CANADA FX DEBT-C$ little changed as it recovers from 4-1/2-year low

Thu Mar 20, 2014 4:38pm EDT

* Canadian dollar at C$1.1242 or 88.95 U.S. cents
    * Bond prices lower across the maturity curve

 (Adds details, quote, updates prices)
    By Leah Schnurr
    TORONTO, March 20 (Reuters) - The Canadian dollar was little
changed against the greenback on Thursday, recovering after
hitting a 4-1/2-year low as investors mulled whether a raise in
U.S. interest rates could come sooner than had been anticipated.
    Federal Reserve Chair Janet Yellen said on Wednesday the Fed
will probably end its massive bond-buying program this fall, and
could start raising rates around six months later.
 
    The possibility of a U.S. rate hike on the horizon had
weighed on the Canadian dollar earlier in the day, but optimism
that a stronger economic recovery south of the border will
benefit Canada's economy helped the currency recoup its losses.
The loonie also firmed against several other major currencies.
    "It's the broader feeling that if the U.S. is actually
moving toward a potential interest rate hike as early as the
second quarter of 2015, if the economy is that strong, that's
actually probably beneficial to Canada in the longer run," said
Camilla Sutton, chief currency strategist at Scotiabank in
Toronto.
    "It's still negative for the Canadian dollar against the
U.S. dollar, but it's positive for the Canadian dollar against
other crosses like the euro." 
    The Canadian dollar ended the North American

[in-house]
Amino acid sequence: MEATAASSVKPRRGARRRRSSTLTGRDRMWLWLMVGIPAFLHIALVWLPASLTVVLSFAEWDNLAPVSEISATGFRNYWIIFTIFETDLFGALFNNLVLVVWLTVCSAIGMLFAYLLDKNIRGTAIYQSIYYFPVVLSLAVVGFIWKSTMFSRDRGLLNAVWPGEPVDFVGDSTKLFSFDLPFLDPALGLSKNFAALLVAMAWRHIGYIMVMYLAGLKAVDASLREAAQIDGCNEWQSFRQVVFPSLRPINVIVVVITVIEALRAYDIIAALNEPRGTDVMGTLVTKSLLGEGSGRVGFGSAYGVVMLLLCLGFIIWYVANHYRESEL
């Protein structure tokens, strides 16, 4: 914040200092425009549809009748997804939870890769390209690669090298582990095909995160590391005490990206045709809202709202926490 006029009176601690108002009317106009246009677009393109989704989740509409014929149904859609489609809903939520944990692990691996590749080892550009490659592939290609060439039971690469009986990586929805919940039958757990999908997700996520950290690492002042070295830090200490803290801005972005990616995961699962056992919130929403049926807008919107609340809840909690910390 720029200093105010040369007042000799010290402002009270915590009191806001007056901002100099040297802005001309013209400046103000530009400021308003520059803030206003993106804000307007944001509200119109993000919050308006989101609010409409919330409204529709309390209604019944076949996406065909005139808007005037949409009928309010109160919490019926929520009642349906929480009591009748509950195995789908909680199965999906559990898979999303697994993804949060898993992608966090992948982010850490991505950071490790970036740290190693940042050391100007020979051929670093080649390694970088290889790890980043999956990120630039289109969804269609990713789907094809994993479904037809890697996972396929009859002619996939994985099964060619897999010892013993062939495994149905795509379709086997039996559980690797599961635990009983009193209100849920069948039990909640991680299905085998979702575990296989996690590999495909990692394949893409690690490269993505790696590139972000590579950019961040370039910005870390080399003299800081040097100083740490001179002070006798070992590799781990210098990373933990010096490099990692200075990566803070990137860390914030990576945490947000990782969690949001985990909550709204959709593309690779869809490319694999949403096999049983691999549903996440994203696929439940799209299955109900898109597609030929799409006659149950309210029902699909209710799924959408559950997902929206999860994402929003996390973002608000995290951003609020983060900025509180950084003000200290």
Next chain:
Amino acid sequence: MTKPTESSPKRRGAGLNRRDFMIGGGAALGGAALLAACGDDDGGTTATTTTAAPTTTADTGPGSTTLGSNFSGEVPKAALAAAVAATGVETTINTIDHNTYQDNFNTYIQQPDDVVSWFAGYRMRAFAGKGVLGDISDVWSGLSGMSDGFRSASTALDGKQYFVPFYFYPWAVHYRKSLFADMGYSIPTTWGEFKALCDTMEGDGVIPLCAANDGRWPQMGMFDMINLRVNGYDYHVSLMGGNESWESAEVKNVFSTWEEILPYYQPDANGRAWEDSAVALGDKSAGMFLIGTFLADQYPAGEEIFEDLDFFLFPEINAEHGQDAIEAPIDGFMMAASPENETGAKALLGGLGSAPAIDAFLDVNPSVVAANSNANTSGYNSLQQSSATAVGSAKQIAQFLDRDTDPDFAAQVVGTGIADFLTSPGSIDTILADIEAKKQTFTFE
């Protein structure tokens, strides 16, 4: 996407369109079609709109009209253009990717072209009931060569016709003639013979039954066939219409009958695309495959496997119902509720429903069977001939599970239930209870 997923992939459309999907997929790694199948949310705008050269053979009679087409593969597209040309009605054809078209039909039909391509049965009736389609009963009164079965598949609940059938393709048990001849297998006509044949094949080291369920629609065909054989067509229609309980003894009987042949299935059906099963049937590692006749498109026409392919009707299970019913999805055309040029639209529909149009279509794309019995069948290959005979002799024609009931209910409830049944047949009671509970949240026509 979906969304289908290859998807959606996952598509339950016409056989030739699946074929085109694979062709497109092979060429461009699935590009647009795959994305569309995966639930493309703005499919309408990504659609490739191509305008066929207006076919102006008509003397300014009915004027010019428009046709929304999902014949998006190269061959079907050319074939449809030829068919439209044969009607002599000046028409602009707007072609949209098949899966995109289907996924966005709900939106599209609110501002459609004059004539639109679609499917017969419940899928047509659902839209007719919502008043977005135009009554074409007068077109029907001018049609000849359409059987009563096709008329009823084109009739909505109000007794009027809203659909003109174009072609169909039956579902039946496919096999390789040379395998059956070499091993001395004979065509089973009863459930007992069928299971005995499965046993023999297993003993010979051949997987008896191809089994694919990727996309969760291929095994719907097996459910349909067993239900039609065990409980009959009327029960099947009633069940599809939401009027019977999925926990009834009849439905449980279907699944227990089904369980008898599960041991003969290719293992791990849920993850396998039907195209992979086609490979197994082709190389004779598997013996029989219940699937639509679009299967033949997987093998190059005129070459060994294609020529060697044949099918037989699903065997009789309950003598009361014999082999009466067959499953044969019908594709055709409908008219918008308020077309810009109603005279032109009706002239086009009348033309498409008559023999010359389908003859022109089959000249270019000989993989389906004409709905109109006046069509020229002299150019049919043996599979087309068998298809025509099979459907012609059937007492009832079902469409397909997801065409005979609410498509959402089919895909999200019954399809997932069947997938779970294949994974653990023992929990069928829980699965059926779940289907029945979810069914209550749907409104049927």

session at C$1.1242 to the greenback, or 88.95 U.S. cents,
slightly firmer than Wednesday's close of C$1.1245, or 88.93
U.S. cents. The currency earlier traded as low as C$1.1279, its
weakest since July 2009. 
    The rethink on U.S. rates comes at a time when the Bank of
Canada has left the door open to a possible rate cut. 
    Bank of Canada Governor Stephen Poloz warned of the risk of
a prolonged period of sluggish growth and low interest rates in
a speech earlier this week that analysts said was more dovish
than expected. 
    When asked whether he could rule out a rate cut, Poloz said
he could not, which markets latched on to and sent the Canadian
dollar lower over the past two sessions.
    "Poloz is recognizing that the only way to grow the Canadian
economy at this point is through the export channel, so even
though he won't admit it, he would like to see a weaker
currency," said David Tulk, chief Canada macro strategist at TD
Securities in Toronto.
    The loonie has traded in a relatively narrow range in recent
weeks, consolidating after a sharp selloff in January. Some
analysts expect the move lower over the past couple sessions
could mark a return of the bearish attitude prevalent at the
start of the year.
    "What's transpired this week has been very, very important
in the sense that we now have a Bank of Canada governor who
appears more dovish than we expected and a Fed chair who appears
more hawkish than we expected, the combination of which is
Canadian dollar negative," said Sutton.
    Combined with expected economic underperformance against the
United States and negative sentiment over the currency, "it does
provide reason to think investors are back into building short
Canadian dollar positions," she said.
    Canadian government bond prices were lower across the
maturity curve, with the two-year off 2 Canadian
cents to yield 1.073 percent and the benchmark 10-year
 down 19 Canadian cents to yield 2.499 percent.

 (Editing by James Dalgleish)
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